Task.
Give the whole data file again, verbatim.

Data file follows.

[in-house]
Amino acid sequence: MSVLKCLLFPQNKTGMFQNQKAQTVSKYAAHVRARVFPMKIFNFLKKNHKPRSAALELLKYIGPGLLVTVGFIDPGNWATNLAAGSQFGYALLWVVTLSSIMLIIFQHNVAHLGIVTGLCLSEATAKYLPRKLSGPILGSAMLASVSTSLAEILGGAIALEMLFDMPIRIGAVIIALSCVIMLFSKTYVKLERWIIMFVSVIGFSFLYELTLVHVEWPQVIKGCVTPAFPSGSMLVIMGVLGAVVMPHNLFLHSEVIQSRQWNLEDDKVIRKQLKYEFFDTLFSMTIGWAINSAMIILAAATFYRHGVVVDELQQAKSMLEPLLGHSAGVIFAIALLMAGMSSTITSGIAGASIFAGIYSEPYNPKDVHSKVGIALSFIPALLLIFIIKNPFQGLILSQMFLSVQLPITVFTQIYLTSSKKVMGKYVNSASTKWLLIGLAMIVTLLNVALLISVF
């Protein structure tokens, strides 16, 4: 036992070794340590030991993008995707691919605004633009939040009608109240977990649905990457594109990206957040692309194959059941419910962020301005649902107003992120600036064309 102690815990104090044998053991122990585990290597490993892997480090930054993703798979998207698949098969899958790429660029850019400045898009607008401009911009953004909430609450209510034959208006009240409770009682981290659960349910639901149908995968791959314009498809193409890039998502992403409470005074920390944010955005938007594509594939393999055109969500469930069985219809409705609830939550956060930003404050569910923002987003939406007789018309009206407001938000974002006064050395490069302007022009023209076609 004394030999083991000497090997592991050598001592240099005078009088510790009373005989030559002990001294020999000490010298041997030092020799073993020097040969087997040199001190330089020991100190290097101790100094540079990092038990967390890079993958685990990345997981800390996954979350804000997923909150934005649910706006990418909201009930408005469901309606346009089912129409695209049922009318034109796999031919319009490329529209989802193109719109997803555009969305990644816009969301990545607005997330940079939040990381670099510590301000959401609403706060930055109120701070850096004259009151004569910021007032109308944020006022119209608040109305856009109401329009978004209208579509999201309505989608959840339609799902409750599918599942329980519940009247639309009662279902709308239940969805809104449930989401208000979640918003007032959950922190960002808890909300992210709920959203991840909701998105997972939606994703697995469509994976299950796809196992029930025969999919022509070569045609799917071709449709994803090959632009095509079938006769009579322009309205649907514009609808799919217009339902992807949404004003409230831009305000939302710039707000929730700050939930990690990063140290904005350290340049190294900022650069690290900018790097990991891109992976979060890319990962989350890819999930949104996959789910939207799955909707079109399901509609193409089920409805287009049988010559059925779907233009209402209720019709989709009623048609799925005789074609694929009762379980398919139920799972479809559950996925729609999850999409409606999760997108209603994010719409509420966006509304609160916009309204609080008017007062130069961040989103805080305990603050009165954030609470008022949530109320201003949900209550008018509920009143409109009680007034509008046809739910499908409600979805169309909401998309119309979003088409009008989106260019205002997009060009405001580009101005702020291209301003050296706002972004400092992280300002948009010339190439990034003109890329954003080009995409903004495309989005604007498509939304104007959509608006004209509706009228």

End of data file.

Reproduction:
[in-house]
Amino acid sequence: MSVLKCLLFPQNKTGMFQNQKAQTVSKYAAHVRARVFPMKIFNFLKKNHKPRSAALELLKYIGPGLLVTVGFIDPGNWATNLAAGSQFGYALLWVVTLSSIMLIIFQHNVAHLGIVTGLCLSEATAKYLPRKLSGPILGSAMLASVSTSLAEILGGAIALEMLFDMPIRIGAVIIALSCVIMLFSKTYVKLERWIIMFVSVIGFSFLYELTLVHVEWPQVIKGCVTPAFPSGSMLVIMGVLGAVVMPHNLFLHSEVIQSRQWNLEDDKVIRKQLKYEFFDTLFSMTIGWAINSAMIILAAATFYRHGVVVDELQQAKSMLEPLLGHSAGVIFAIALLMAGMSSTITSGIAGASIFAGIYSEPYNPKDVHSKVGIALSFIPALLLIFIIKNPFQGLILSQMFLSVQLPITVFTQIYLTSSKKVMGKYVNSASTKWLLIGLAMIVTLLNVALLISVF
């Protein structure tokens, strides 16, 4: 036992070794340590030991993008995707691919605004633009939040009608109240977990649905990457594109990206957040692309194959059941419910962020301005649902107003992120600036064309 102690815990104090044998053991122990585990290597490993892997480090930054993703798979998207698949098969899958790429660029850019400045898009607008401009911009953004909430609450209510034959208006009240409770009682981290659960349910639901149908995968791959314009498809193409890039998502992403409470005074920390944010955005938007594509594939393999055109969500469930069985219809409705609830939550956060930003404050569910923002987003939406007789018309009206407001938000974002006064050395490069302007022009023209076609 004394030999083991000497090997592991050598001592240099005078009088510790009373005989030559002990001294020999000490010298041997030092020799073993020097040969087997040199001190330089020991100190290097101790100094540079990092038990967390890079993958685990990345997981800390996954979350804000997923909150934005649910706006990418909201009930408005469901309606346009089912129409695209049922009318034109796999031919319009490329529209989802193109719109997803555009969305990644816009969301990545607005997330940079939040990381670099510590301000959401609403706060930055109120701070850096004259009151004569910021007032109308944020006022119209608040109305856009109401329009978004209208579509999201309505989608959840339609799902409750599918599942329980519940009247639309009662279902709308239940969805809104449930989401208000979640918003007032959950922190960002808890909300992210709920959203991840909701998105997972939606994703697995469509994976299950796809196992029930025969999919022509070569045609799917071709449709994803090959632009095509079938006769009579322009309205649907514009609808799919217009339902992807949404004003409230831009305000939302710039707000929730700050939930990690990063140290904005350290340049190294900022650069690290900018790097990991891109992976979060890319990962989350890819999930949104996959789910939207799955909707079109399901509609193409089920409805287009049988010559059925779907233009209402209720019709989709009623048609799925005789074609694929009762379980398919139920799972479809559950996925729609999850999409409606999760997108209603994010719409509420966006509304609160916009309204609080008017007062130069961040989103805080305990603050009165954030609470008022949530109320201003949900209550008018509920009143409109009680007034509008046809739910499908409600979805169309909401998309119309979003088409009008989106260019205002997009060009405001580009101005702020291209301003050296706002972004400092992280300002948009010339190439990034003109890329954003080009995409903004495309989005604007498509939304104007959509608006004209509706009228």